News Report: Food Label Update
Comments Reviewed on
Food Label Regulations
Health Canada received more than 140 comments from consumers, allergy groups and manufacturers in regard to the proposed regulations for food allergen labeling.
Dr. Antony Ham Pong, an Ottawa allergist who has been pushing for new rules for more than a decade, says he alone sent eight pages of comments, and Health Canada responded to each one individually and in detail. “My impression is that they are trying to be as thorough as possible,” he says.
Ham Pong notes a number of issues that came up in the comment period are technical in nature, and Health Canada officials will need the help of outside experts to make appropriate decisions, which will take time.
One technical concern Ham Pong raised was on the issue of sulphites, a food additive on the top 10 list of allergy triggers. He is concerned that a difference between how Canada and the United States count the level of sulphites (added vs. formed during processing) may lead to trade issues.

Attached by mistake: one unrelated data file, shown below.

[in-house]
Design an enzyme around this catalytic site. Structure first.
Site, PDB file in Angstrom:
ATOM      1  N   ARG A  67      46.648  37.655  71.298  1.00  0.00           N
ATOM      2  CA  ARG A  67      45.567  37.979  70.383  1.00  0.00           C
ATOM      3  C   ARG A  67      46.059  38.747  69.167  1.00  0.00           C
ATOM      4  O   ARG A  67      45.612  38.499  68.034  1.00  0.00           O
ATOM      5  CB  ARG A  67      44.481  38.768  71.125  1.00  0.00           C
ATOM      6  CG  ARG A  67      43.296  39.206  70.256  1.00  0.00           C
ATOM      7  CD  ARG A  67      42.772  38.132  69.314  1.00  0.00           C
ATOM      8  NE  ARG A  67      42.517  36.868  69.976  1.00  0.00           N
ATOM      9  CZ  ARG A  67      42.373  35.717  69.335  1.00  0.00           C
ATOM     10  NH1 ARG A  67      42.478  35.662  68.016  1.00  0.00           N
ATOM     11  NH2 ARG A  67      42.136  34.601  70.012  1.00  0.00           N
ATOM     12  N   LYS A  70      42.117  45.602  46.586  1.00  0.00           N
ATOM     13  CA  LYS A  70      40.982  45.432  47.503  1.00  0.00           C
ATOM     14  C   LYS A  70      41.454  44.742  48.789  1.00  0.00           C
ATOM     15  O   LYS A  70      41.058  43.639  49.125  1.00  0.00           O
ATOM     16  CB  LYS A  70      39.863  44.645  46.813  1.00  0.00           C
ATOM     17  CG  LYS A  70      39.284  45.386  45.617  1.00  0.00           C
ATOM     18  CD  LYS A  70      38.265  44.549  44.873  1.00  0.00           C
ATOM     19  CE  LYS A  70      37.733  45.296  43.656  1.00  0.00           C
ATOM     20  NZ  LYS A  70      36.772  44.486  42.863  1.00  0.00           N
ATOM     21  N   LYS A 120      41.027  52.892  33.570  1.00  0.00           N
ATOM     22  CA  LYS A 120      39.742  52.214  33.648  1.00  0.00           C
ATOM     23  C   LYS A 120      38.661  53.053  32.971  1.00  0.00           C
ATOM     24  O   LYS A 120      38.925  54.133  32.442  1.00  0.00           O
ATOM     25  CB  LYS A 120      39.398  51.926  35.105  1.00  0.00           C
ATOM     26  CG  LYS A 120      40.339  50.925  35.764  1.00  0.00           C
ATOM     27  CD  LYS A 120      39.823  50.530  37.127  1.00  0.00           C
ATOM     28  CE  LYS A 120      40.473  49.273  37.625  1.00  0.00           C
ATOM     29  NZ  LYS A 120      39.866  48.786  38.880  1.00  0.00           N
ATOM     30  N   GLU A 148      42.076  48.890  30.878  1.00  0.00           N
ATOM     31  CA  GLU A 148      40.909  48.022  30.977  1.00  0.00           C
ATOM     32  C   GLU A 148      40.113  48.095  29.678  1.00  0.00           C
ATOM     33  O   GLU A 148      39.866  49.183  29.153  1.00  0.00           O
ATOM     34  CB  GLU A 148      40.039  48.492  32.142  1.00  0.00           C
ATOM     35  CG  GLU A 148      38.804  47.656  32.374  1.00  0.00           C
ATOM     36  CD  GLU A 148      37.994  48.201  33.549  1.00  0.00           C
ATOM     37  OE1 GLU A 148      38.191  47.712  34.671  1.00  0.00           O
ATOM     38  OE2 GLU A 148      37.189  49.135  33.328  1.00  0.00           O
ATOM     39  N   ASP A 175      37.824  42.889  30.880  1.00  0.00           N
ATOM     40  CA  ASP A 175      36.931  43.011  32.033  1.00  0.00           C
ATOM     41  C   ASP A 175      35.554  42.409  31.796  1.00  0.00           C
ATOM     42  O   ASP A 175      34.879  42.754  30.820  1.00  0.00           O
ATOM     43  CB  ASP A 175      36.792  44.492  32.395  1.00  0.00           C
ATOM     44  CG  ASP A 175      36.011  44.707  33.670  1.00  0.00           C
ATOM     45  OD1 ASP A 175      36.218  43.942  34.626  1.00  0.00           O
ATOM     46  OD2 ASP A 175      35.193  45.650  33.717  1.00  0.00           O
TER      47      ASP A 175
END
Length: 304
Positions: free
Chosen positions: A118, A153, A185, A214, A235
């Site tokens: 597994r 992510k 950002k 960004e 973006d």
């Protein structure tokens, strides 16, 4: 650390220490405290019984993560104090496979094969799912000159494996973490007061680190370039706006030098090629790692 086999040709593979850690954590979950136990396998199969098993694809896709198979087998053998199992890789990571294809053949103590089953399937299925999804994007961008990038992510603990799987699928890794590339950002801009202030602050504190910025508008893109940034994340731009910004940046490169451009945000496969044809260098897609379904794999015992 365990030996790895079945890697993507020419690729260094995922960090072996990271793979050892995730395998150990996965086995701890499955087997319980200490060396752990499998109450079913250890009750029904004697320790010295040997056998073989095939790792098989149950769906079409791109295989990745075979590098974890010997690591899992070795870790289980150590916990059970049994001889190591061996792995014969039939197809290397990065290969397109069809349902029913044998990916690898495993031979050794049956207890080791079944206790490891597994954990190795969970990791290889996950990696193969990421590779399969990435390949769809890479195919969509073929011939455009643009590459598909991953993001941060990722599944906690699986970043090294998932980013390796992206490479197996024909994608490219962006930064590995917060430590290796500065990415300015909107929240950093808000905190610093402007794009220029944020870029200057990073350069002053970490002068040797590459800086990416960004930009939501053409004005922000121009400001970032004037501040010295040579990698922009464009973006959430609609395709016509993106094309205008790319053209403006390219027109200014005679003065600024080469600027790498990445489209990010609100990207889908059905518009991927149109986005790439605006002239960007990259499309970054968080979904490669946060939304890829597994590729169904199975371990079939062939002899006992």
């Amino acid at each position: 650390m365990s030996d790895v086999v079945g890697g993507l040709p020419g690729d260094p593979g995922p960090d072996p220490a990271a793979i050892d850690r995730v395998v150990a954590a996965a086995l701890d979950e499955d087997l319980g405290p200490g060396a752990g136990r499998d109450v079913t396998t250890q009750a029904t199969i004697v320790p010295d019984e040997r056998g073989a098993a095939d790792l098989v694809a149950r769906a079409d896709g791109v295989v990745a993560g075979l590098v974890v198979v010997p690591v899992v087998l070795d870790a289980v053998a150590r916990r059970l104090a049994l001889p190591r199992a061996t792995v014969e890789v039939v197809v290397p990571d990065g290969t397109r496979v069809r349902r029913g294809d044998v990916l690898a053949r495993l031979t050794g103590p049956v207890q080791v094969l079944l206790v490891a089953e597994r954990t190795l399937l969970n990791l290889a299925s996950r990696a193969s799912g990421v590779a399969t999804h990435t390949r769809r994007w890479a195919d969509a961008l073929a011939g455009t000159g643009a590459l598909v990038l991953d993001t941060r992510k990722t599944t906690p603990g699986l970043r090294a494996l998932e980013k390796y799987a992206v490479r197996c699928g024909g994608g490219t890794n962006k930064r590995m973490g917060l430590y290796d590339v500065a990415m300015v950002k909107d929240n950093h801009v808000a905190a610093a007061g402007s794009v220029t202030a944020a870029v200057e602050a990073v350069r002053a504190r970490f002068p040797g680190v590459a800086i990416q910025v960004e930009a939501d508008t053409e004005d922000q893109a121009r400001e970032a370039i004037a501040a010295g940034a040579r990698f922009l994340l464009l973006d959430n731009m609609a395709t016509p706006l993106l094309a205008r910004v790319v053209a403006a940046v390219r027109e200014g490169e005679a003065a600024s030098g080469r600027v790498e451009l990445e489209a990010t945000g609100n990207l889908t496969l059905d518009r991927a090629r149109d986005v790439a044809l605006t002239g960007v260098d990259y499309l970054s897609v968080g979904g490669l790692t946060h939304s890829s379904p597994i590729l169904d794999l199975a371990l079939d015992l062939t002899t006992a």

Other comments and suggestions that Health Canada is weighing:
- A process to periodically review the list of priority allergens.
– The manner of declaring allergens. For instance, stating the type of allergen after a specific name is given – i.e.: cashew (tree nut) or halibut (fish).
– A shorter phrase for declaring the presence of an allergen – currently proposed as: “Allergy and Intolerance Information – Contains: ….”
– Directions on how to make the allergy information legible, for example, in bold letters, or using pictures.
– The possible inclusion of other foods as allergens, suggested were mustard seeds, garlic and onions.
– A request for a longer transition period than one year in order to reduce the cost of label changes. –Claire Gagné
See Health Canada’s website for a full outline of the comments received here.